Construction of tailings facility at Red Chris copper-gold mine in northwestern B.C.

New penalties coming to B.C. mine regulations

Administrative penalties already exist in forestry and oil and gas industries, prosecution penalties also increasing

The B.C. government is adding administrative fines and strengthening permit requirements for new mines in response to investigations into the Mount Polley tailings dam failure.

Energy and Mines Minister Bill Bennett said the new fines will be available to provincial officials to compel compliance with safety orders, even when inspectors find conditions that are not officially permit violations.

The size of the new fines will not be determined until amendments to the Mines Act pass in the B.C. legislature, but Bennett said they will be in the range of what is available in forestry and oil and gas regulations. Administrative penalties for high-risk conditions in oil and gas operations range from $2,000 to $500,000.

Bennett said such penalties wouldn’t have prevented the August 2014 dam failure, which was caused by a weak glacial layer under the dam that was not detected when the mine was built. But they would have allowed inspectors to require establishment of “beaches” to protect the dam from erosion by water held inside the tailings, or to lower the water level even if it was within permitted limits.

Legislation introduced Thursday also gives the Environmental Assessment Office authority to require different designs for tailings storage at new mines, then to specify which option it will accept for each proposed site.

Bennett said the existing Mines Act gives inspectors only three options to regulate a mine: order it shut down, revoke a permit or prosecute the company. The changes also increase maximum penalties for prosecution, with maximum fines increased from $100,000 to $1 million and possible jail sentences increased from one year to three years.

Mount Polley’s owner has spent $170 million so far to restore Hazeltine Creek, which was washed out as a torrent of water and mine tailings poured down into Quesnel Lake. Water monitoring continues at the lake, with water continuing to test within regulations for fish habitat and human consumption.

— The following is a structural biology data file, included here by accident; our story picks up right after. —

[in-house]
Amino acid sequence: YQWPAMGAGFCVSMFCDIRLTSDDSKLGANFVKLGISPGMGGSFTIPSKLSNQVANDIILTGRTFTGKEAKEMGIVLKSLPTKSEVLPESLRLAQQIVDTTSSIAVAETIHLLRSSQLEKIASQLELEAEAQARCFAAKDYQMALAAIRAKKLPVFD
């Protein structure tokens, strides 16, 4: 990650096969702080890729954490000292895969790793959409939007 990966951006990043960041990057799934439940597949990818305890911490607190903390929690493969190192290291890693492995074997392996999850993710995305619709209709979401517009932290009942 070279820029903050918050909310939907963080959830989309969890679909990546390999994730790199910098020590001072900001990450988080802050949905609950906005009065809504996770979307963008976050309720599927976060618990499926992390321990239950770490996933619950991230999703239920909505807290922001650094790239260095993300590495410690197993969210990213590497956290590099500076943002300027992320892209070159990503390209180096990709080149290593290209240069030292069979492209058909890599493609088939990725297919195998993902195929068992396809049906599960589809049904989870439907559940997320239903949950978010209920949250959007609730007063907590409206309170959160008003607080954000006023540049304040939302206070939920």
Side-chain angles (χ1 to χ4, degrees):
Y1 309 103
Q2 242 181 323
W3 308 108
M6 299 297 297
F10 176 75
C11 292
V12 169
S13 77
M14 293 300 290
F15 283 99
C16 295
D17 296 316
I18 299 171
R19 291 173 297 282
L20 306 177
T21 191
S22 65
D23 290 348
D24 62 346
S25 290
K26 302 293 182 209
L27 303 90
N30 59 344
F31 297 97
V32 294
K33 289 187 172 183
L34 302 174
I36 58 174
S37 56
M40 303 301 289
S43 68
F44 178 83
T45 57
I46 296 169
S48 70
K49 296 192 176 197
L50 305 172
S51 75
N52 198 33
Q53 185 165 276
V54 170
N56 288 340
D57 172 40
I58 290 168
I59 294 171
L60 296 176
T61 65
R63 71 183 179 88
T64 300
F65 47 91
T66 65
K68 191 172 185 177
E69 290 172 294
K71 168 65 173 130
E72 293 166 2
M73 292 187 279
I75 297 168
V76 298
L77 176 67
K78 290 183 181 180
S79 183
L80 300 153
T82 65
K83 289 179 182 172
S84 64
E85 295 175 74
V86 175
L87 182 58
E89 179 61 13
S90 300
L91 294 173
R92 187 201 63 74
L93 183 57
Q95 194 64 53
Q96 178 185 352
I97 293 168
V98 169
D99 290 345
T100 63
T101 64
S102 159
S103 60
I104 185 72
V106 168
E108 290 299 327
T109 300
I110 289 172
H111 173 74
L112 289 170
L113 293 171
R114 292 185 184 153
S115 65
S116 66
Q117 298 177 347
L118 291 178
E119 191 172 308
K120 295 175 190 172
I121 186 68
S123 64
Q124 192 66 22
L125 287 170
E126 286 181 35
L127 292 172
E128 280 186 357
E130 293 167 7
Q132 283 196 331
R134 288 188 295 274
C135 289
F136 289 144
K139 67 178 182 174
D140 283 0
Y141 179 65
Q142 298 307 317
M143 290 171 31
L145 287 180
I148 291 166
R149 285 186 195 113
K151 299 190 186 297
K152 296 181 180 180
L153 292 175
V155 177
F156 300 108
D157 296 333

Two engineering reviews of the dam failure have been completed, with no permit violations discovered. The B.C. Conservation Officer Service is expected to report later this year, and may recommend charges related to damaging fish habitat.

 

Just Posted

Merry Makers create new craft fair for Port Alberni

Hansen Hall fair begins as Work of Heart organizers retire

Port Alberni highland dancers invited to North American competition

Kali Nahorney received honourable mention medals in two categories

Government looks for public input on Cathedral Grove safety concerns

Port Alberni, Parksville info sessions invite public to help ‘shape future access’

ARTS AROUND: Enjoy magic and comedy at the Capitol Theatre

Transport yourself back in time for the McLean Mill Christmas Market

Port Alberni to receive $8.7 million in affordable housing

Two projects in the Alberni Valley will provide 87 units of housing

People flocking to Vancouver Island city to see hundreds of sea lions

Each year the combination of Steller and California sea lions take over Cowichan Bay

Protesters confront Environment Minister in B.C.

Protesters wanting more for killer whales confront Catherine McKenna

Humans reshaping evolutionary history of species around the globe: paper

University of British Columbia researcher had the paper published in the Proceedings of the Royal Society

Toronto ‘carding’ activist Desmond Cole stopped by police in Vancouver

Cole says his experience reveals what daily life is like for black and Indigenous residents

Commercial trucks banned from left lane of Coquihalla

B.C.’s Ministry of Transportation has introduced a new program that hopes to prevent accidents and closures on the Coquihalla Highway.

B.C. on track to record same number of overdose deaths as last year

128 people died of overdoses in September, bringing the total to more than 1,100 so far in 2018

Cowichan school district defends lack of notice to parents following elementary student arrest

Officials with School District 79 stand by their decision not to send out an alert.

B.C. firefighters rescue horse stuck in mud

‘It happens more often than you’d think,’ says deputy chief

Island Corridor Foundation optimistic about restoring rail service

If green-lighted, first priority would be Langford to Victoria route

Most Read